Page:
Just seven states currently require general education teachers to take coursework that focuses on students with disabilities.
Back to School!
As schools and districts ready themselves a new school year over the next few weeks, we at NCTR would like to wish the best of luck to the residents, mentor teachers, principals and program partners working around the country on behalf of students. Have a great and successful school year!
Residencies have a wealth of data on effective teaching, and that helps them identify what residents need to know and be able to do upon graduation. NCTR and our partners have identified the teaching competencies that residents must master during their residency year. Watch our new video on the Residency Year Curriculum.
Students can adopt a “growth mindset” and improve their classroom performance with a short online intervention, according to the latest findings from the National Study of Learning Mindsets published in the journal Nature. A “growth mindset” perspective teaches students that their brains are "like a muscle that grows stronger and smarter when it undergoes rigorous learning experiences." The researchers found that participation in the online intervention “improved grades among lower-achieving students and increased overall enrollment in advanced mathematics courses” in a nationally representative sample of secondary students.
Teachers Feel Unprepared for Students with Learning Differences
Nearly 20 percent of public school students in America have a learning disability or attention issues that interfere with classroom performance. Yet, according to the recent report “Forward Together,” by Understood and the National Center for Learning Disabilities, only 17 percent of general education teachers feel “very well prepared” to teach them, and only 30 percent “feel strongly” about their preparedness.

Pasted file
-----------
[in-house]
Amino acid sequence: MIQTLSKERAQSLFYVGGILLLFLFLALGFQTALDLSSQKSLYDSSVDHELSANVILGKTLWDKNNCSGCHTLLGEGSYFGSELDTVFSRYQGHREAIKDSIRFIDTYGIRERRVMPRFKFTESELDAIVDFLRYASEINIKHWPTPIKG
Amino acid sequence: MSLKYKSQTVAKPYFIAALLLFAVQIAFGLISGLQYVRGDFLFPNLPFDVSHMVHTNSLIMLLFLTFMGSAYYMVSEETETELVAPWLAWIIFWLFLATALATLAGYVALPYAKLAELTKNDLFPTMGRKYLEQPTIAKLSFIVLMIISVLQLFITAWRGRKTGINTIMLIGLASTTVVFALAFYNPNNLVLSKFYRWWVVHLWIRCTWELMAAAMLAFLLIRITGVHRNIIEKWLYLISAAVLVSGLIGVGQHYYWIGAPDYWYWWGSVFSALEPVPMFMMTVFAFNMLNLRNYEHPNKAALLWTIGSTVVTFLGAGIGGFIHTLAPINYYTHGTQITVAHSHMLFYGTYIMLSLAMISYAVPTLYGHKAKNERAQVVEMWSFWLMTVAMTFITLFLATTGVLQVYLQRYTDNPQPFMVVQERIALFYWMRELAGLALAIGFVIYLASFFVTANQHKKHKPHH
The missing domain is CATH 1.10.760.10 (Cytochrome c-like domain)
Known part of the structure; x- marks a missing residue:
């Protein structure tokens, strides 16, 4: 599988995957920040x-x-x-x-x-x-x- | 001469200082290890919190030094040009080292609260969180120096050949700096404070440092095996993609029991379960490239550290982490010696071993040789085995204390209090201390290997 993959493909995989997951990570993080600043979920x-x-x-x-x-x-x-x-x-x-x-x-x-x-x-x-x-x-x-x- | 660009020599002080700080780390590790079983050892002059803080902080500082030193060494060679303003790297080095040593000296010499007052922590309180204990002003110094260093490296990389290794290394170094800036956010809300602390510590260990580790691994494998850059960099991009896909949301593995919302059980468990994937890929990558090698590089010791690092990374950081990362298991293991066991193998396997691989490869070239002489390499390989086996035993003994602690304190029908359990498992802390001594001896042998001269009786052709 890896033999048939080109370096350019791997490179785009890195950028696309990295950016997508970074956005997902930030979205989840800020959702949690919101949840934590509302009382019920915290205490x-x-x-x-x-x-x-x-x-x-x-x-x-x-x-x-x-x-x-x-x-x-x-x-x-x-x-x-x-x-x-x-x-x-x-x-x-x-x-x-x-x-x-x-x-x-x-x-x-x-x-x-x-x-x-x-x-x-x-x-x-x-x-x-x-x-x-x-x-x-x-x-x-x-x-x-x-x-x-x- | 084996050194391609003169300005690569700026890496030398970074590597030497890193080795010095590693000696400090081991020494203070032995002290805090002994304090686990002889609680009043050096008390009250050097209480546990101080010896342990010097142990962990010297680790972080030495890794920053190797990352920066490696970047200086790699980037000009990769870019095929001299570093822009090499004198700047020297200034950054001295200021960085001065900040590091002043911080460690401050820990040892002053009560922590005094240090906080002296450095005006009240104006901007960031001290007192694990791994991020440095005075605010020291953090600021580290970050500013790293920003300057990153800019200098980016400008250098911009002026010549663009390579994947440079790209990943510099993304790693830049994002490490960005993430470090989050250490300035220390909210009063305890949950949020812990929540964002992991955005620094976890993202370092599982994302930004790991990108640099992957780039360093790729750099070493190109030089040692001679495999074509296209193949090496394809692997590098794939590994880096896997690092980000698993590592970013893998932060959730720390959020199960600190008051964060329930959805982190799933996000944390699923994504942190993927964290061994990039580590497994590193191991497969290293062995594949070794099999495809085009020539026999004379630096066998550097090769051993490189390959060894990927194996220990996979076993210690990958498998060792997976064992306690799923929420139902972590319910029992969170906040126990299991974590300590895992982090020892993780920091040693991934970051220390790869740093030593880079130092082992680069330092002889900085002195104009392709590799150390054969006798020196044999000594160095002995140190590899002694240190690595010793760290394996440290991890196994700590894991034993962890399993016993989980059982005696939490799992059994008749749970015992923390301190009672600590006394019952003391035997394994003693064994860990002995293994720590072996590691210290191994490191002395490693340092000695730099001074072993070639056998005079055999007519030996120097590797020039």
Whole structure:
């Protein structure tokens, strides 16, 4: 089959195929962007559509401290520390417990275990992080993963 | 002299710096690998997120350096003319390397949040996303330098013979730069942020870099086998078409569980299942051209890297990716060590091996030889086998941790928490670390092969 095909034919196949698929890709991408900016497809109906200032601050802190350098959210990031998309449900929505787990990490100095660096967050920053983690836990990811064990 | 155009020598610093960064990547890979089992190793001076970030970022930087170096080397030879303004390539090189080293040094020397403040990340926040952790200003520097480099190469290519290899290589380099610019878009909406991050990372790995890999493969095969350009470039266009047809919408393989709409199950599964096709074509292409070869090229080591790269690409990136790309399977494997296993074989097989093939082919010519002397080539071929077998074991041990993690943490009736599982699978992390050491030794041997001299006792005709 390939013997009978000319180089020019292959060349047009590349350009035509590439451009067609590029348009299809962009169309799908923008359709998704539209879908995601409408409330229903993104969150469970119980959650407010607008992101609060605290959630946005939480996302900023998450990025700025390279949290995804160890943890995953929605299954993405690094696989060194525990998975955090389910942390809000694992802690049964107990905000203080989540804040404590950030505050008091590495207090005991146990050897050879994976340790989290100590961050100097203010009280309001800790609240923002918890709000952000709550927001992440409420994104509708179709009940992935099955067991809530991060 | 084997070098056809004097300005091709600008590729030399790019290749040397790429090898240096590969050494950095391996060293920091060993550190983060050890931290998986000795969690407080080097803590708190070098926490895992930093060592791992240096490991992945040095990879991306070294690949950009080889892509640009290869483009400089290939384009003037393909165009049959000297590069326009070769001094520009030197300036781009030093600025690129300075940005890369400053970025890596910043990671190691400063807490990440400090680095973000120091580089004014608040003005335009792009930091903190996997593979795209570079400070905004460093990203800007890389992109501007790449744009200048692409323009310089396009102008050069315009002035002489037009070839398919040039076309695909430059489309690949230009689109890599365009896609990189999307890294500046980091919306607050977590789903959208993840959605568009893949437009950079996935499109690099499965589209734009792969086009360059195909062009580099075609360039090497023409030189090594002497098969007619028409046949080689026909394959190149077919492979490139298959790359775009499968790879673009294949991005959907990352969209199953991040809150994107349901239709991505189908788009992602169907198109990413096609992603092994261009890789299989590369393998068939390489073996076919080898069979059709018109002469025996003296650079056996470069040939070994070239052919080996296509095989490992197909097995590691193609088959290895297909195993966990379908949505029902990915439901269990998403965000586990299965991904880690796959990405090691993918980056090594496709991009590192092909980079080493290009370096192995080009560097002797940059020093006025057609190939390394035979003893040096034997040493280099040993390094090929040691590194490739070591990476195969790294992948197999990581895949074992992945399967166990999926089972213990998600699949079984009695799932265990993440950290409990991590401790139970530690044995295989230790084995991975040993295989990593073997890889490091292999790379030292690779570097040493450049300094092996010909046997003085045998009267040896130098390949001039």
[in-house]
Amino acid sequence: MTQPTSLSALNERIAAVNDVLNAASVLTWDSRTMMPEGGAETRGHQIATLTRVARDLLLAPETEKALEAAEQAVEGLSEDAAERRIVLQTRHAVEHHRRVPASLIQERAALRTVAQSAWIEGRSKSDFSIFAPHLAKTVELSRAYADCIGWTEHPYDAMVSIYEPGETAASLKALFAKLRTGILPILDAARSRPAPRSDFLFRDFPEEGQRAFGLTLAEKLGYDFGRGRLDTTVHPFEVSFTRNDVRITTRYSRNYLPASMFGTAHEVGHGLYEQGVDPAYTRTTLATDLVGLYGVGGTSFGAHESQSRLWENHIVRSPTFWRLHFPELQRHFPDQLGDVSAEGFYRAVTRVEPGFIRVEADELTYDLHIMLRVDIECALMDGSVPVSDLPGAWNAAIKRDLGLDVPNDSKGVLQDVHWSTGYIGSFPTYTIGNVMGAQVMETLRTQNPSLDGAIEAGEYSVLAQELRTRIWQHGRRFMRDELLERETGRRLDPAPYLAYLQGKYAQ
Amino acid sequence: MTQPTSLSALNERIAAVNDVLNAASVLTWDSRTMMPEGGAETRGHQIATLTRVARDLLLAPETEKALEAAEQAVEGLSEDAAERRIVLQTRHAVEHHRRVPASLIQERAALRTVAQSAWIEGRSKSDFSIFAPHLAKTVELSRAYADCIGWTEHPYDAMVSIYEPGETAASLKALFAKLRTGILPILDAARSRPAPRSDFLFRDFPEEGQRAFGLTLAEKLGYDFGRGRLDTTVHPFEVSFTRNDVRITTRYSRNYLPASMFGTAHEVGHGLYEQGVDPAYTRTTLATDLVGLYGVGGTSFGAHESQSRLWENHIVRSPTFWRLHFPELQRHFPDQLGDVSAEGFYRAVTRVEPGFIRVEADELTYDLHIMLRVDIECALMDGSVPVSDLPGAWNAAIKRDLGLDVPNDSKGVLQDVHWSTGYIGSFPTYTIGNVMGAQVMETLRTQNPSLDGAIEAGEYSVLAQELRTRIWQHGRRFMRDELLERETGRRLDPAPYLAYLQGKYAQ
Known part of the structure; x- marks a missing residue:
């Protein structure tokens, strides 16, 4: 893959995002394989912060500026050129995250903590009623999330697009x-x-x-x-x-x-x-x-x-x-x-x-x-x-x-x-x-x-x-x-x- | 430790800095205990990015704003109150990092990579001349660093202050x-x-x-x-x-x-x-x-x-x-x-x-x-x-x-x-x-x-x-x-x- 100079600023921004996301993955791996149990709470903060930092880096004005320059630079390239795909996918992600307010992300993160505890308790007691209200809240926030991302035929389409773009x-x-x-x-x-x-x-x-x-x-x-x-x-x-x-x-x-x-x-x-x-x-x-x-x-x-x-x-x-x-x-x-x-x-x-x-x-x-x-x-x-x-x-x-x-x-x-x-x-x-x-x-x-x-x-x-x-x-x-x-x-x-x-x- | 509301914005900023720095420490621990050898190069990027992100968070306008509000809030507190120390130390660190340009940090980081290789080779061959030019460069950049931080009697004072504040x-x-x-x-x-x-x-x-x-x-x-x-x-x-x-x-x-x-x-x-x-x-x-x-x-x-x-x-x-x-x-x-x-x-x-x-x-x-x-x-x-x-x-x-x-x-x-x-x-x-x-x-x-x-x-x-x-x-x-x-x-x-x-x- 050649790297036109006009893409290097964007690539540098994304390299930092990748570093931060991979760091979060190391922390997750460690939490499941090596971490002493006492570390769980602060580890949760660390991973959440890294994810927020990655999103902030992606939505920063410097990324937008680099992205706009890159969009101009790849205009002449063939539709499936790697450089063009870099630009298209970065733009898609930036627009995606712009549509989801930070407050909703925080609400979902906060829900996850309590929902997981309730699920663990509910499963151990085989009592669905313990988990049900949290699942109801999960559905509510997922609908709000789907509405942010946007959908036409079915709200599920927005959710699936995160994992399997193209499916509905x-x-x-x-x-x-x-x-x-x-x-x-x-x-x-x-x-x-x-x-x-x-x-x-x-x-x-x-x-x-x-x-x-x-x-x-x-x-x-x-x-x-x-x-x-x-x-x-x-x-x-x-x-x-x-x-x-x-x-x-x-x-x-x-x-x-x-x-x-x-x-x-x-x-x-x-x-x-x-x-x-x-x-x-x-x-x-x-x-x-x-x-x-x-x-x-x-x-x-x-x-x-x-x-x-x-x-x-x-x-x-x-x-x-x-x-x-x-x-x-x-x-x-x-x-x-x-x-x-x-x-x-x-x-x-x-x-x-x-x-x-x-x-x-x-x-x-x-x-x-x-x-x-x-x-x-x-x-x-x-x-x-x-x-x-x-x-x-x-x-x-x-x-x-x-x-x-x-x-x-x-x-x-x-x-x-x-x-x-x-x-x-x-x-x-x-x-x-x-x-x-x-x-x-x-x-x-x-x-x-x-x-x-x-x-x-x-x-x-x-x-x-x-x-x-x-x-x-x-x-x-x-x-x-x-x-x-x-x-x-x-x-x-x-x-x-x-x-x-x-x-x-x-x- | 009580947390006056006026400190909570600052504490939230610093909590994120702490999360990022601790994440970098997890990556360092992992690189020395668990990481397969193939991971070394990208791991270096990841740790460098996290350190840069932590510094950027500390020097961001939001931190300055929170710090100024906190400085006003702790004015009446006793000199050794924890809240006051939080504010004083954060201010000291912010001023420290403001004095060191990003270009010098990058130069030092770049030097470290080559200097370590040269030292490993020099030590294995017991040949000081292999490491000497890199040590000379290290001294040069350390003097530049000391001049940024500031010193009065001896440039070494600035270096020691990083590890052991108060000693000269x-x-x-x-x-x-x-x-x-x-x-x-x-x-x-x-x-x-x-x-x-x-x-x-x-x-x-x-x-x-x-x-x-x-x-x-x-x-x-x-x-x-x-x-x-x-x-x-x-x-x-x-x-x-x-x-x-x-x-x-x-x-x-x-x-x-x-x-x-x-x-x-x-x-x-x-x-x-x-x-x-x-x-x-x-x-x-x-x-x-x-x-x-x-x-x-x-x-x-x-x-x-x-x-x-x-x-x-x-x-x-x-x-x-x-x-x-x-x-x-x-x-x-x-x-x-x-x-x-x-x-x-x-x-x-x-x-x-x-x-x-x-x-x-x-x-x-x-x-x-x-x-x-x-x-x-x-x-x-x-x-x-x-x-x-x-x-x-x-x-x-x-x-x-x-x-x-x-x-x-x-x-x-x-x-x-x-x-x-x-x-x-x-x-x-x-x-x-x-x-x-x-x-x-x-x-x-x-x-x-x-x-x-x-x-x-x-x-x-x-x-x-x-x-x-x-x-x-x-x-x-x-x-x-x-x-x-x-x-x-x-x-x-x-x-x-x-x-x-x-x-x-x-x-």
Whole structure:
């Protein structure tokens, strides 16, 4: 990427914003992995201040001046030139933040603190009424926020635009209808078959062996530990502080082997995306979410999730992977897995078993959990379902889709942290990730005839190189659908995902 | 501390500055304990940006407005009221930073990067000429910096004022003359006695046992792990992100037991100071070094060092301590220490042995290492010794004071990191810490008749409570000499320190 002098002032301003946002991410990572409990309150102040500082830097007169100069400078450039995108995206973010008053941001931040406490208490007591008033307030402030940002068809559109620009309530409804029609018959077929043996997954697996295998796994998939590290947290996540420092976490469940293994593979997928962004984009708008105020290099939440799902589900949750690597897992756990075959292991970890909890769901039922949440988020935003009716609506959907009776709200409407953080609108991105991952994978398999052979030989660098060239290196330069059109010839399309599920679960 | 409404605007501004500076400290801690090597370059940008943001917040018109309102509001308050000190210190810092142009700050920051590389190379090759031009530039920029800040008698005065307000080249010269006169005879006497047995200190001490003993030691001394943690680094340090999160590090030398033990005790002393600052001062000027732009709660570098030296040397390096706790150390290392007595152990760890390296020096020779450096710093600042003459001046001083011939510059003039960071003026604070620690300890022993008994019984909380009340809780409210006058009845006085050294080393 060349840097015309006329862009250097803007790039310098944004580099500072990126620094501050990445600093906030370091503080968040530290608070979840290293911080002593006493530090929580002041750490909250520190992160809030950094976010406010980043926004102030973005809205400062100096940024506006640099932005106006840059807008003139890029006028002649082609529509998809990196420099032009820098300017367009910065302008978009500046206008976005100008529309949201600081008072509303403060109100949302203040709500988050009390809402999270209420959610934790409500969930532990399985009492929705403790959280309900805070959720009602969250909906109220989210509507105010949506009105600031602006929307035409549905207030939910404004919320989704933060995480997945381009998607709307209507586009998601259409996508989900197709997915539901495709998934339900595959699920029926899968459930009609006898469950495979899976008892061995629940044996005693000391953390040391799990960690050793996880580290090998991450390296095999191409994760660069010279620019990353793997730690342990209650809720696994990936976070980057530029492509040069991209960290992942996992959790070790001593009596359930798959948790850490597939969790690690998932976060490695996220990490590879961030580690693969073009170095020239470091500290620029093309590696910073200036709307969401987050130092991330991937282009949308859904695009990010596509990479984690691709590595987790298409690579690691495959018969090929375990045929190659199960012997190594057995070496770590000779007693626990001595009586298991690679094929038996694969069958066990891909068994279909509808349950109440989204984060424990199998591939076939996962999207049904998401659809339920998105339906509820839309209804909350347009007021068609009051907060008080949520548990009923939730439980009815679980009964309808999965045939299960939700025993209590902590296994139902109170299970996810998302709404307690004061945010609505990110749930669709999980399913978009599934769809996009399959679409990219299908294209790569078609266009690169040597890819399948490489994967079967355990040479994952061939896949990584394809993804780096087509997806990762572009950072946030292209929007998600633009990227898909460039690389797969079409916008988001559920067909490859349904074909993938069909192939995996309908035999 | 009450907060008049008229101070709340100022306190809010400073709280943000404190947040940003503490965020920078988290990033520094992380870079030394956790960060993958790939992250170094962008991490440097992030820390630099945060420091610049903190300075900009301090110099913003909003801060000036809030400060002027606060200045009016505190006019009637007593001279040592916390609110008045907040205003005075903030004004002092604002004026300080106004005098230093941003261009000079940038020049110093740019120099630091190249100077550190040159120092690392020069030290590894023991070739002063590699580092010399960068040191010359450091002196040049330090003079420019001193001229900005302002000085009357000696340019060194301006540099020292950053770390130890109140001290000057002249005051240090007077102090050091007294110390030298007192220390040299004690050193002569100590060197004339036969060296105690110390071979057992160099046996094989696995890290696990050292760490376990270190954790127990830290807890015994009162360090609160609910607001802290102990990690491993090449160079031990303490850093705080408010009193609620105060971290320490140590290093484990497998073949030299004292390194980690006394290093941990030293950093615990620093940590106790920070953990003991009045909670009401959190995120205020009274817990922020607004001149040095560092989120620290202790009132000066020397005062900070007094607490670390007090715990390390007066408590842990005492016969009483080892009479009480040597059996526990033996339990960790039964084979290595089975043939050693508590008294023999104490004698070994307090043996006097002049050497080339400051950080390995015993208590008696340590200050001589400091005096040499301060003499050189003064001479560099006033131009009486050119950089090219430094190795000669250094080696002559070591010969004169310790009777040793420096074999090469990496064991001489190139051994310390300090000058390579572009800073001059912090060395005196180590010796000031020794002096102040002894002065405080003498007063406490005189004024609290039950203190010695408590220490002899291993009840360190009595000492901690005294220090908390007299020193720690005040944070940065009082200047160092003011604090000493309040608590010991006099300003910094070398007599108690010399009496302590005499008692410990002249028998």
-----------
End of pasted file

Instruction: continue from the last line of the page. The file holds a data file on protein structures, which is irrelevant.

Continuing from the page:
Most students with these types of challenges spend a majority of their time in traditional classrooms. Roughly half of teachers surveyed “feel strongly” that these students can perform at grade level, however, most of these students actually perform below grade level according to 2017 NAEP scores.
Just seven states currently require general education teachers to take coursework that focuses on students with disabilities, and much of this instruction does not prepare them for the realities of the classroom, according to the report. NCTR currently works with eight residency programs that have a focus on preparing special education teachers.
The report’s authors recommend that teacher preparation providers re-examine their programs and look for ways to “strengthen the courses and clinical practices” they offer. The report also urges colleges and universities to seek out districts willing to offer teacher candidates more diverse clinical teaching experiences as part of their program.
“Theory is not enough,” the report concludes. “Teacher candidates should have specific, carefully crafted, and repeated experiences of putting what they learn into practice with students who learn differently, with multiple opportunities to apply knowledge and skills with feedback.”
Please note that the articles and events in the NCTR E-Blast do not reflect the opinions of our organization, but rather represent information that we believe will be relevant to you and your programs.